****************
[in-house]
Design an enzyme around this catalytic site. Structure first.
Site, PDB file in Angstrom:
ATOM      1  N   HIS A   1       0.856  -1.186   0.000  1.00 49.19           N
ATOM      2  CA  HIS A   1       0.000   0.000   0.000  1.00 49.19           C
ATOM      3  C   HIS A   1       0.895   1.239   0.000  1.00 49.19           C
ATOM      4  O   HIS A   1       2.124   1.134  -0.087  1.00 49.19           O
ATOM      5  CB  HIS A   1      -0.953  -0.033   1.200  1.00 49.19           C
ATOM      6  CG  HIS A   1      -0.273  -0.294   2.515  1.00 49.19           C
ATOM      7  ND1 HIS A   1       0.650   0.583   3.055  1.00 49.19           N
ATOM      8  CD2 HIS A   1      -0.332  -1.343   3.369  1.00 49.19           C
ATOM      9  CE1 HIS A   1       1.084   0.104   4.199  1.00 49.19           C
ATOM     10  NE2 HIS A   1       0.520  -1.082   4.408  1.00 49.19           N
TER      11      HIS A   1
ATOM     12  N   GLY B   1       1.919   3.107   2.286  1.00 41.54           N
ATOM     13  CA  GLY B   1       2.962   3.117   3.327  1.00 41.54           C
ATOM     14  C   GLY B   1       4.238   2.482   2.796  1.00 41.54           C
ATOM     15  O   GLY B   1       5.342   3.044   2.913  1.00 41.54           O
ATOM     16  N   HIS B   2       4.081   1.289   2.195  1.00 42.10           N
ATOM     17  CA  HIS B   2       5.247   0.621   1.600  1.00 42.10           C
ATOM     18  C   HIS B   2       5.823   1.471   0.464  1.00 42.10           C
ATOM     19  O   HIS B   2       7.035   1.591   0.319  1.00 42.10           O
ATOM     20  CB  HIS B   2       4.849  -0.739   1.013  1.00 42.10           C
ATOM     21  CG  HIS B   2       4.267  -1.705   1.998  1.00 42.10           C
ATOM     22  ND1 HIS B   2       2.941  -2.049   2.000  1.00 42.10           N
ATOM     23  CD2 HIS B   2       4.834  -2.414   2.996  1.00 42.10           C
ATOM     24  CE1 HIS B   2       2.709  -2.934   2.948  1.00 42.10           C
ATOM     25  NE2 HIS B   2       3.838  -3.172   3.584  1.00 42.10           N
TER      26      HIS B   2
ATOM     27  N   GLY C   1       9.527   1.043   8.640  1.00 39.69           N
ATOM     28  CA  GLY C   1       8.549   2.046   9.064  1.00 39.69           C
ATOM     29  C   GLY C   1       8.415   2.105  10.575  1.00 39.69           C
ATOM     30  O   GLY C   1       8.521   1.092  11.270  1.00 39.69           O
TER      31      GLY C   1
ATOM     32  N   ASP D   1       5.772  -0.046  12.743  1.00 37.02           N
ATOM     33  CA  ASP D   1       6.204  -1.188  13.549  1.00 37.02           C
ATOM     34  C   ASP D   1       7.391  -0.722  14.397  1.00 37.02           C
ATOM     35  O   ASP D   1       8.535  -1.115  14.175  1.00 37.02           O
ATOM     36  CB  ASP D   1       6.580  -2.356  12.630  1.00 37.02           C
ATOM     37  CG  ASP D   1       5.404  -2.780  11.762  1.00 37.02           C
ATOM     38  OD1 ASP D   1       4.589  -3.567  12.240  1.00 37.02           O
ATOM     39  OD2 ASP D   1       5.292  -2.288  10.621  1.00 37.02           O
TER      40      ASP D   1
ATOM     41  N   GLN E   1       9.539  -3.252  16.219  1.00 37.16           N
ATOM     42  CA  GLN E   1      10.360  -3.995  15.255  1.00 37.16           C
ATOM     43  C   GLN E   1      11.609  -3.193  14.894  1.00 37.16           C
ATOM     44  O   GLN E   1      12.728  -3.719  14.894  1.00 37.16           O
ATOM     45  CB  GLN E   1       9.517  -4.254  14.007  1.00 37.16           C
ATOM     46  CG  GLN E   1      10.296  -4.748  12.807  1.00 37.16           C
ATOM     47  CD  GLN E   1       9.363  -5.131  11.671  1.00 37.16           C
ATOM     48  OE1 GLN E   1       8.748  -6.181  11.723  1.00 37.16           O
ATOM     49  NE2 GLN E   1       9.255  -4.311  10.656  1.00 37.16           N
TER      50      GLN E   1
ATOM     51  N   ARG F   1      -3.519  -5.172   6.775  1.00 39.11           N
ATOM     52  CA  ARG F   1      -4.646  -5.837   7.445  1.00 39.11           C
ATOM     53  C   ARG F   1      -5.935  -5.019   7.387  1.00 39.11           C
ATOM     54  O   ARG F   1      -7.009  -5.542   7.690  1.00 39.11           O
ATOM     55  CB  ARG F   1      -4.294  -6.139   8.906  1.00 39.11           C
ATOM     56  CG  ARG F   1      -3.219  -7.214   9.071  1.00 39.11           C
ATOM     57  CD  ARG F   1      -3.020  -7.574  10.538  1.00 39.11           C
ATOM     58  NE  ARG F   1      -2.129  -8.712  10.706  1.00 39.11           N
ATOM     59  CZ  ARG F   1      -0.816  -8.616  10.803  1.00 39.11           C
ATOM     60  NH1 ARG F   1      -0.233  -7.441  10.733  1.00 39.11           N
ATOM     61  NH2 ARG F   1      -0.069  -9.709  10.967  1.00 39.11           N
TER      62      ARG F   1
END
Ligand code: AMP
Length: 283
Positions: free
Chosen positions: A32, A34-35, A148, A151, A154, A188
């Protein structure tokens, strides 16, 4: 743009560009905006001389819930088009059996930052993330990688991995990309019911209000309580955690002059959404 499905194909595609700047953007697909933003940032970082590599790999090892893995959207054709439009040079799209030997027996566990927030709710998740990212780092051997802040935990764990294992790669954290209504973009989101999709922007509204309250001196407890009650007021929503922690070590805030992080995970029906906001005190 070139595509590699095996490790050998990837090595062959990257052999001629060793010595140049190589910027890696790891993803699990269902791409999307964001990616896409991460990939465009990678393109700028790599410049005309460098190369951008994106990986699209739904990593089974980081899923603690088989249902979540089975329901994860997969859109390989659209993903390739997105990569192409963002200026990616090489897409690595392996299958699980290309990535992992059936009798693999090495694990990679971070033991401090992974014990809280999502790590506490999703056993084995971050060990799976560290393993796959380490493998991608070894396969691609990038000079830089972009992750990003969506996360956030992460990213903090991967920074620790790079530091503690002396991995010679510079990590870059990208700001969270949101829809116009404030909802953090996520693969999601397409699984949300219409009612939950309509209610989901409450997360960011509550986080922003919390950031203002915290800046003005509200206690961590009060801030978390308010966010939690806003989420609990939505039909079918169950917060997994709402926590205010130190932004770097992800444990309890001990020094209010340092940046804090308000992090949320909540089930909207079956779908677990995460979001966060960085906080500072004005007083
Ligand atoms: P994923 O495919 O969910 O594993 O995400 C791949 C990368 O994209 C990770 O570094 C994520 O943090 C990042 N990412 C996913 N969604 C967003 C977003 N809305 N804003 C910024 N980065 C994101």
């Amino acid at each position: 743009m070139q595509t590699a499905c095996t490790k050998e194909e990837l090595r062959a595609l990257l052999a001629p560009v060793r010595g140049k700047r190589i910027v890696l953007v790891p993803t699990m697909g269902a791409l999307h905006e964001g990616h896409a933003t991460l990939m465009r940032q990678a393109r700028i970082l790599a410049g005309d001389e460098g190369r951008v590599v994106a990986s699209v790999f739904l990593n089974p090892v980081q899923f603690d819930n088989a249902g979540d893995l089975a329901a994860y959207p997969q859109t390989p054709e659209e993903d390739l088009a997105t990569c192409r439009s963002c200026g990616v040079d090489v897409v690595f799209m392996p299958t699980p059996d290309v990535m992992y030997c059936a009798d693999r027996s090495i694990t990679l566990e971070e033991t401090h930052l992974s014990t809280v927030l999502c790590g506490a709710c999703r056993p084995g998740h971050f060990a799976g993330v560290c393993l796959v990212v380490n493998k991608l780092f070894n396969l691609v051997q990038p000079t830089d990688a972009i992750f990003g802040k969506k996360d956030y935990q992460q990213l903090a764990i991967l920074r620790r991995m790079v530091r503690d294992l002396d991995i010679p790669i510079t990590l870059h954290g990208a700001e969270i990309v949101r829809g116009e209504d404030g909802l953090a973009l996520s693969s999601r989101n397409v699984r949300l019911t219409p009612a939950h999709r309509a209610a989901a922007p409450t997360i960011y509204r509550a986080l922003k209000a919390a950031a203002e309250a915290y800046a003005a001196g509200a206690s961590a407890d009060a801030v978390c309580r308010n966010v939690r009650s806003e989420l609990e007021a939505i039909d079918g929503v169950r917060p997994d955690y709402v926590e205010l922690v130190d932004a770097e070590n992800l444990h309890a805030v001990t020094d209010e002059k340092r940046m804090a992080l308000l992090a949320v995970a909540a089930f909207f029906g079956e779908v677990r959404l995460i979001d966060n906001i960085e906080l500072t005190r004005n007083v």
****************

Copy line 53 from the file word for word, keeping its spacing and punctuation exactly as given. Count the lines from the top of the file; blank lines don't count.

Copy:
TER      50      GLN E   1